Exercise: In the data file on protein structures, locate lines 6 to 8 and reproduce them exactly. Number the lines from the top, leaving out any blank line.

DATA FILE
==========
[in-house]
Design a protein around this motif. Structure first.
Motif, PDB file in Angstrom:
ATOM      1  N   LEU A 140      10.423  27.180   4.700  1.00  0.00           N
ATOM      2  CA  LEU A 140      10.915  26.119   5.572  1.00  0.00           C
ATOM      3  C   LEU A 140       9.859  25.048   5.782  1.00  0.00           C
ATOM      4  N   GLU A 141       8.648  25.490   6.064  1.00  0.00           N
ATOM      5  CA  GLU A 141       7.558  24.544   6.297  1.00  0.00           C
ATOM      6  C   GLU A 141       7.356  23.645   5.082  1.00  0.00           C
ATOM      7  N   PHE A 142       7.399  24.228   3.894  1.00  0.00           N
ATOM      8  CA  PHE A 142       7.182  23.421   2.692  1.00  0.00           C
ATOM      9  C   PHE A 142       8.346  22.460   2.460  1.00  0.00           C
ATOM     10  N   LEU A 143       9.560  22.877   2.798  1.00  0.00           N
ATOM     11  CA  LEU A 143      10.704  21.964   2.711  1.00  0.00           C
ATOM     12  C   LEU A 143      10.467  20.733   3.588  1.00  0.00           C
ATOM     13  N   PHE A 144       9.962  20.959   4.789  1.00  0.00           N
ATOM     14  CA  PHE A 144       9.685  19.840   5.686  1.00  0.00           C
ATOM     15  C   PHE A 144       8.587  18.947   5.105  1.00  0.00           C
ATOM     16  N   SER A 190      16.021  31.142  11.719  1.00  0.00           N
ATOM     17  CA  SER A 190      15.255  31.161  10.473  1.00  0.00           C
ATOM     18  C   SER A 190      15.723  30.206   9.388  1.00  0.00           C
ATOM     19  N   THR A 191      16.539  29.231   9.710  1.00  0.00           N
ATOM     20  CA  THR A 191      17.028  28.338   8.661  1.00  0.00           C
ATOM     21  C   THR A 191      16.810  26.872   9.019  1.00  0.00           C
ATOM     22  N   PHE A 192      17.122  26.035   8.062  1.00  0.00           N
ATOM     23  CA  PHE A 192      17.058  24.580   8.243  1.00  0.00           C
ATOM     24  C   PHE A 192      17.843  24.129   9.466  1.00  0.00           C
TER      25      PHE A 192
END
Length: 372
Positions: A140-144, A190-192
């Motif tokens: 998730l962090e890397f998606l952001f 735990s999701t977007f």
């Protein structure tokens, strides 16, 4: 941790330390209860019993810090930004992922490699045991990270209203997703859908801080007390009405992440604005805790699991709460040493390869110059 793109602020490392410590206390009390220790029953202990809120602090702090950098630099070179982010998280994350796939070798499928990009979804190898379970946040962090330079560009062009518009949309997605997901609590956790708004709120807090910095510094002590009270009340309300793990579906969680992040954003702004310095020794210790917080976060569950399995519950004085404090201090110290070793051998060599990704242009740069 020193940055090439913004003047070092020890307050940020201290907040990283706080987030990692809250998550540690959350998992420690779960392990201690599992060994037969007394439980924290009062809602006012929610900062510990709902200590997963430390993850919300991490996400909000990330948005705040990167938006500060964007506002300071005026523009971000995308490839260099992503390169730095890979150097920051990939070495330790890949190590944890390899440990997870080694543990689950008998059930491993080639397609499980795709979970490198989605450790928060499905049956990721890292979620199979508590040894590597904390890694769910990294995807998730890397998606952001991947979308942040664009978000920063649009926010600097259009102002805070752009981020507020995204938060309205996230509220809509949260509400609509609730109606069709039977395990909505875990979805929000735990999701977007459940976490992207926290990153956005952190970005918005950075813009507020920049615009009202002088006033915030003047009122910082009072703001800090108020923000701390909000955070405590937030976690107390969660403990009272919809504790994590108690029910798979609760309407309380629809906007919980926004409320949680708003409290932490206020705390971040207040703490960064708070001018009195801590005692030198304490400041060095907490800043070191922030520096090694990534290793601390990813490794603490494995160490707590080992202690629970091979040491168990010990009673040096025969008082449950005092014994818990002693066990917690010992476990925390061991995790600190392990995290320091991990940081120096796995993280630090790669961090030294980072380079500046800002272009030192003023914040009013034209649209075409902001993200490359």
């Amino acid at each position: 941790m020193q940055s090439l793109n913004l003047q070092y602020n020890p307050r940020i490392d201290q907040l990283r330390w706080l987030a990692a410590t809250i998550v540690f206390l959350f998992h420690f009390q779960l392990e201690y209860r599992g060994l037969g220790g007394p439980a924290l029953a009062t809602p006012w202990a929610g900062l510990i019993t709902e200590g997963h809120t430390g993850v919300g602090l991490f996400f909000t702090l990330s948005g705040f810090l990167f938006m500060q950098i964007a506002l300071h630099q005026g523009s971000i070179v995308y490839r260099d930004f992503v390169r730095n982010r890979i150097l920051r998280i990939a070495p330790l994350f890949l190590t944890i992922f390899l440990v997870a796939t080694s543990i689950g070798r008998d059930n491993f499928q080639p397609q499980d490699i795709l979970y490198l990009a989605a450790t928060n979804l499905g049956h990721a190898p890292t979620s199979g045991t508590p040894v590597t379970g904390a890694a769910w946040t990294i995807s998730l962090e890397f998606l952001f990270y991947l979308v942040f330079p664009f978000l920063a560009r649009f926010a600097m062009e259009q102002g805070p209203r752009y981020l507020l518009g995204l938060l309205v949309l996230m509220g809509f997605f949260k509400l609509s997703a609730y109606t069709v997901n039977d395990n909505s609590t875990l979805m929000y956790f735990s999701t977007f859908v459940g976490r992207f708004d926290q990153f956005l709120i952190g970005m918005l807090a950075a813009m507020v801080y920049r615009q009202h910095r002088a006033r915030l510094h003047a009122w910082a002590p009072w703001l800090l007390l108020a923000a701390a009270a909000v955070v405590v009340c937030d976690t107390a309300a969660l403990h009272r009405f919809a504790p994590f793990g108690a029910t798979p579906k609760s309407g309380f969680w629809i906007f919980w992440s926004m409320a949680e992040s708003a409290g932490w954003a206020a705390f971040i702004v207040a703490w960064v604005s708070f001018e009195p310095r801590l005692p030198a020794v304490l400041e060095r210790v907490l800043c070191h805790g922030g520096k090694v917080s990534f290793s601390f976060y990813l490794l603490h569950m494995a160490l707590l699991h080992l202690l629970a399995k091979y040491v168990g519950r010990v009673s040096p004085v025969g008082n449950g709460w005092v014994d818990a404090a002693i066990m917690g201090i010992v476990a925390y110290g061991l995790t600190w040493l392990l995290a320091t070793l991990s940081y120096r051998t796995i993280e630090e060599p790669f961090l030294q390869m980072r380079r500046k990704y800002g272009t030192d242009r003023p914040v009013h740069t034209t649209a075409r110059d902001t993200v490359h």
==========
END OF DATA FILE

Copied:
ATOM      3  C   LEU A 140       9.859  25.048   5.782  1.00  0.00           C
ATOM      4  N   GLU A 141       8.648  25.490   6.064  1.00  0.00           N
ATOM      5  CA  GLU A 141       7.558  24.544   6.297  1.00  0.00           C